The Bambi Letter

by

Larry "Harris" Taylor, Ph.D. 

This is an electronic reprint of a letter to the editor that appeared in Discover Diving (Feb. 1993, p. 6: SCUBA TIMES, Mar/Apr.1993, p. 13 & SOURCES, Mar/Apr. 1993,  p. 5). It has also appeared on numerous web sites and computer bulletin boards. This material is copyrighted and all rights retained by the author. This article is made available as a service to the diving community by the author. This article may be distributed for any non-commercial or Not-For-Profit application.

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It appears that once again our scuba industry is facing a serious polarization over the deep/technical diving issue. A series of editorials in one major diving magazine has called for rigorous enforcement of the 130 fsw limit with implications of banning so-called "technical diving" (I am convinced that some people consider anything NOT in warm tropical water with unlimited visibility under the supervision of a divemaster of somewhat dubious credentials to be "technical diving.") 

The lesson of history is that prohibitions and restriction NEVER work. I personally believe the way to prevent stupid diving death (and ANY diving death is one too many) is to properly apprise the diving community of reality so that proper, informed risk/benefit decisions can be made. Regardless of personal diving practices, we in the diving educational community have a moral obligation to provide reliable information on all aspects of scuba diving to every member of the recreational diving community. Restriction of information or condemnation of those providing information is generally associated with fascist states, not with any form of democratic society. Contrary to some MODERN (read superficial) dive training classes, there are elements of diving more important that being color coordinated!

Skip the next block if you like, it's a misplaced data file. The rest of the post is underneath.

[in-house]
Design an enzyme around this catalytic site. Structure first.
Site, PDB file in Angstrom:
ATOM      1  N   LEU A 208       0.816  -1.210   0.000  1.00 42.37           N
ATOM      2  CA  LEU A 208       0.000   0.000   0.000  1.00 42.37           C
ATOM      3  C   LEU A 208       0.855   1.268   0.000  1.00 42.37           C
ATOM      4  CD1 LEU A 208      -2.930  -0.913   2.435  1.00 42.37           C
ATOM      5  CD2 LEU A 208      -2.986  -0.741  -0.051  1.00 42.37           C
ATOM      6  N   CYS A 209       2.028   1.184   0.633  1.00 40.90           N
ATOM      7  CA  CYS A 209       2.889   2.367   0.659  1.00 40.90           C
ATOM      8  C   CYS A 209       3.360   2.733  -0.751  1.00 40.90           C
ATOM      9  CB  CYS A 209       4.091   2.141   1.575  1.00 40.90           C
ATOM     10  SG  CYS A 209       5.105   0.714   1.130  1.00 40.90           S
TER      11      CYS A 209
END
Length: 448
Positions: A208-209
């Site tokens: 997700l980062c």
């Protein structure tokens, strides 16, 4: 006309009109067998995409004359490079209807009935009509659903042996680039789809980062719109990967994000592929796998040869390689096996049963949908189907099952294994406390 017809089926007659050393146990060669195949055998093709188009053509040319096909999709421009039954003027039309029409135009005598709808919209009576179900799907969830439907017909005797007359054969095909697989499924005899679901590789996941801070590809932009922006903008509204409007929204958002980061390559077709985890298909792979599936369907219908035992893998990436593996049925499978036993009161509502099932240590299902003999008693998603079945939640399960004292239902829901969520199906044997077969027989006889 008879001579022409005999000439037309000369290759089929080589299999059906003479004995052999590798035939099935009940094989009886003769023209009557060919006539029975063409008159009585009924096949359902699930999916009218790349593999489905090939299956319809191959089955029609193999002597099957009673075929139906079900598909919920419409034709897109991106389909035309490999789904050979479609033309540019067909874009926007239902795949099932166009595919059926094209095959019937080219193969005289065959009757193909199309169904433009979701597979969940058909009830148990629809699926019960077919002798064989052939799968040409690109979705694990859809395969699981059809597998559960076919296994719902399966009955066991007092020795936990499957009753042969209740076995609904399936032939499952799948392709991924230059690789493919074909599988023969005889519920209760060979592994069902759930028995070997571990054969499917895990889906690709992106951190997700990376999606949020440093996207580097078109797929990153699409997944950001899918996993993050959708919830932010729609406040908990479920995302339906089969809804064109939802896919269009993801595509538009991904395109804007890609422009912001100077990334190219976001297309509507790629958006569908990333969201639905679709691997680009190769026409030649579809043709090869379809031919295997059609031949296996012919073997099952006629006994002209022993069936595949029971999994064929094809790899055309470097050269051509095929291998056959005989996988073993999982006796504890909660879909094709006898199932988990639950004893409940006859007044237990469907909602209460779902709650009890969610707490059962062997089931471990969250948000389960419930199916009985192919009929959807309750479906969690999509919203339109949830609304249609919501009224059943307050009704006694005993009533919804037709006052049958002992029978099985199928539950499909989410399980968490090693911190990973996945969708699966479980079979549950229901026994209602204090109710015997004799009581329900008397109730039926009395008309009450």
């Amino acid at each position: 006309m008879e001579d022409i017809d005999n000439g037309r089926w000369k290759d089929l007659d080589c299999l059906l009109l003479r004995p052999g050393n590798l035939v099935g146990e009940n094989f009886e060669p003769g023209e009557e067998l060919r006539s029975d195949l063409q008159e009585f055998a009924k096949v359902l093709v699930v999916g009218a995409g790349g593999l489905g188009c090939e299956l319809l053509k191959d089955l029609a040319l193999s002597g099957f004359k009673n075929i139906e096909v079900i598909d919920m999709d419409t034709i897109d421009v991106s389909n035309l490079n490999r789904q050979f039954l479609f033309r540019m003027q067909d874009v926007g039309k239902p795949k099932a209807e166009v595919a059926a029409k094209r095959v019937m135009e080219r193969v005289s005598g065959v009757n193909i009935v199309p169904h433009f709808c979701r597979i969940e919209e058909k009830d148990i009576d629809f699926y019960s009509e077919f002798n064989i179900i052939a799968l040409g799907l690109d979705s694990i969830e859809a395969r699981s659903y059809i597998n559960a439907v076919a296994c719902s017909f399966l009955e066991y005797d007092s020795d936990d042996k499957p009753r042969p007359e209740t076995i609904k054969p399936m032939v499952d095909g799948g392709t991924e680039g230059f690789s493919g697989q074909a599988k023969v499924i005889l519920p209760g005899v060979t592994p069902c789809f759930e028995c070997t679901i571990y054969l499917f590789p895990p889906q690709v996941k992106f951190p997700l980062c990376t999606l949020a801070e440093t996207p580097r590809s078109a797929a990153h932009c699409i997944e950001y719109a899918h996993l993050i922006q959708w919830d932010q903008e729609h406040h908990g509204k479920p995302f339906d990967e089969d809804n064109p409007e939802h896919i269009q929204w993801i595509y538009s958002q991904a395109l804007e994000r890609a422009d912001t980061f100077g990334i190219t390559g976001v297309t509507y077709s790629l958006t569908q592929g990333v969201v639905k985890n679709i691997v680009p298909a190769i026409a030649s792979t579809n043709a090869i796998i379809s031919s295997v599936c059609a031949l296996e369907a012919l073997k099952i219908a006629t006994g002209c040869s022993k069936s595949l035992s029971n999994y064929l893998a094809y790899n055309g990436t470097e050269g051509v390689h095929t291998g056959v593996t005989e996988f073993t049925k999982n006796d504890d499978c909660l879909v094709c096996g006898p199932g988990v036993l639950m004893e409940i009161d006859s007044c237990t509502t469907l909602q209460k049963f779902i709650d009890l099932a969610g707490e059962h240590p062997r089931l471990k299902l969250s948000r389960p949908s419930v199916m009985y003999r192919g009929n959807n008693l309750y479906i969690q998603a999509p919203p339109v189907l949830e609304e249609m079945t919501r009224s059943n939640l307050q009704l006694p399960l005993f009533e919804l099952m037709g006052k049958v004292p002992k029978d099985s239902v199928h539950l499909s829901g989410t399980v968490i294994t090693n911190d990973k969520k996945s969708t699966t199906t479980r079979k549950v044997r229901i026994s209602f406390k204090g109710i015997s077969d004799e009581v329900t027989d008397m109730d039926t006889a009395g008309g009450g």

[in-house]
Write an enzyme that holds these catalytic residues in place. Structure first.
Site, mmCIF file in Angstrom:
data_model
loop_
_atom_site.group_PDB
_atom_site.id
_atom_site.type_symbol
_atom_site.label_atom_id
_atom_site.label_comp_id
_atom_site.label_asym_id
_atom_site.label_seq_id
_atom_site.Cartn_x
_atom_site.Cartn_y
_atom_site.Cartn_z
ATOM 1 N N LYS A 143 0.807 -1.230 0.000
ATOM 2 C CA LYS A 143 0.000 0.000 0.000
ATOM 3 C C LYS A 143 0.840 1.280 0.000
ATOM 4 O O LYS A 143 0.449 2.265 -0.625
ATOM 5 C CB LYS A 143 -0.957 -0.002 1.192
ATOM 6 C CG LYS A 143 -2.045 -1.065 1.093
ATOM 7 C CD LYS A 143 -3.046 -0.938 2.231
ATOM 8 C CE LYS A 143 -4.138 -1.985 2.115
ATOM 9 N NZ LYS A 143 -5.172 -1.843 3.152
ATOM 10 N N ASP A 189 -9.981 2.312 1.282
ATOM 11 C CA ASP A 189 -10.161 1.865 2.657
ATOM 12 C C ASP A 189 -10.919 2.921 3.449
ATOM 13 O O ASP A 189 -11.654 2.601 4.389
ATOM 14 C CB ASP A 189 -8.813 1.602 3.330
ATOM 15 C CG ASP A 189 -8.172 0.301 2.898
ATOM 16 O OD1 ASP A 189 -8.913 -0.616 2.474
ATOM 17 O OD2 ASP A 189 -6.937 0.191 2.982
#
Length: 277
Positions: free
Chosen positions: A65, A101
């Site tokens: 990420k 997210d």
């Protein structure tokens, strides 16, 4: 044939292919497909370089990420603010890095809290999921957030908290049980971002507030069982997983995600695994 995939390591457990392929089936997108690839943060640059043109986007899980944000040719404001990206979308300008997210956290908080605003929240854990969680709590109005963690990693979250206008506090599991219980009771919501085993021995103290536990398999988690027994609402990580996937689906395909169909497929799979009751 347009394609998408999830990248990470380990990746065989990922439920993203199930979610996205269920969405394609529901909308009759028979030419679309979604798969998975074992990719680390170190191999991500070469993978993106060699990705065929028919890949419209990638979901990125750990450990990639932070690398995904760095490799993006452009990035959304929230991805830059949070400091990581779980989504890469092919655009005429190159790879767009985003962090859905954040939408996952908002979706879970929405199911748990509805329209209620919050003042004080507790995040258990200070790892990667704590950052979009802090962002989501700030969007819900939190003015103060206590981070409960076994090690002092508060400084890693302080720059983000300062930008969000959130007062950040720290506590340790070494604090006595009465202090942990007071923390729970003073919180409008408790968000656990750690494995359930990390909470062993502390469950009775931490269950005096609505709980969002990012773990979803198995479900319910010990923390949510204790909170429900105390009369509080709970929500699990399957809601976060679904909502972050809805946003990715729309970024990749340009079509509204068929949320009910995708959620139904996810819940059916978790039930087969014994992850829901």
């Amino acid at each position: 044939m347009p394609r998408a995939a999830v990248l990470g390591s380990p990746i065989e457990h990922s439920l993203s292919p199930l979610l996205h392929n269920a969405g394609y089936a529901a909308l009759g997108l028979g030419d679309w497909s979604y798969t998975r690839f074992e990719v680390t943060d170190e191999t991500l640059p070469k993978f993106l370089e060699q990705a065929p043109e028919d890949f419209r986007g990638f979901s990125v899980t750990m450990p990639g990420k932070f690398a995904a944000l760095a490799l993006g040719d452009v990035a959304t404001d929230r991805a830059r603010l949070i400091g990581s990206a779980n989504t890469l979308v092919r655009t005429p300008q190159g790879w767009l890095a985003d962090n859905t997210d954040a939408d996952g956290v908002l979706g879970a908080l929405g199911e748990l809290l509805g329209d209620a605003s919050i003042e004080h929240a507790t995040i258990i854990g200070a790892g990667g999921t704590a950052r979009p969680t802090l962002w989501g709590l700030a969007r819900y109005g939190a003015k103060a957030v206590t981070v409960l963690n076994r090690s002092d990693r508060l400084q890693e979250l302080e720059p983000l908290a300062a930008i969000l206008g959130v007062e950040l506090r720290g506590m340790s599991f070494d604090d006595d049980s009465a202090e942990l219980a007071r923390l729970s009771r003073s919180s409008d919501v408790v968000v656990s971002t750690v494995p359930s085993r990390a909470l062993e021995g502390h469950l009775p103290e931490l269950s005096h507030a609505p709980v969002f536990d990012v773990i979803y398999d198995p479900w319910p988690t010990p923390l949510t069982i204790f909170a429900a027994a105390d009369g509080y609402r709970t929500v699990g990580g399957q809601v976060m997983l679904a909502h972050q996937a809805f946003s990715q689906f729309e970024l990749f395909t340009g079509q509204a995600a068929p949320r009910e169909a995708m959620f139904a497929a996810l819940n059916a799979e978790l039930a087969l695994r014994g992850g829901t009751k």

From personal experience, many novice divers, when informed of the actual risks involved, will curtail their desire to "dive beyond the limits" while they gain more knowledge, gather appropriate experience, and acquire better equipment. Surveys indicate that a substantial portion of the diving community has already been "below the limits." (Unfortunately, this being "below the limit" has become to many novices a "badge of courage" or "marker of manhood."  It is sad that the 130 fsw limit has become, for some not fully prepared for this type of diving,  a "rite of passage.".) However, telling any diver to stop diving at some arbitrary depth limit will most likely be as successful as the U.S. ban on alcohol during the "Roaring 20's."   

Historically, there have been between 80 and 160 deaths each year in the U.S. while practicing recreational scuba diving. Only a small portion of these was at extreme depths. It has also been shown that deer, each year, cause, on average, about 130 fatalities in the U.S. (They constitute the single greatest statistical life threat of any animal in North America,) So, why don't we aim some of these deep/technical-diving-will-kill-you-hysteria at Bambi? Then we can direct our fruitful energy towards increasing the knowledge/skill level of the entire diving community! 

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 About The Author:  

Larry "Harris" Taylor, Ph.D. is a biochemist and Diving Safety Coordinator at the University of Michigan. He has authored more than 100 scuba related articles. His personal dive library (See Alert Diver, Mar/Apr, 1997, p. 54) is considered one of the best recreational sources of information In North America.

  Copyright 2001-2022 by Larry "Harris" Taylor

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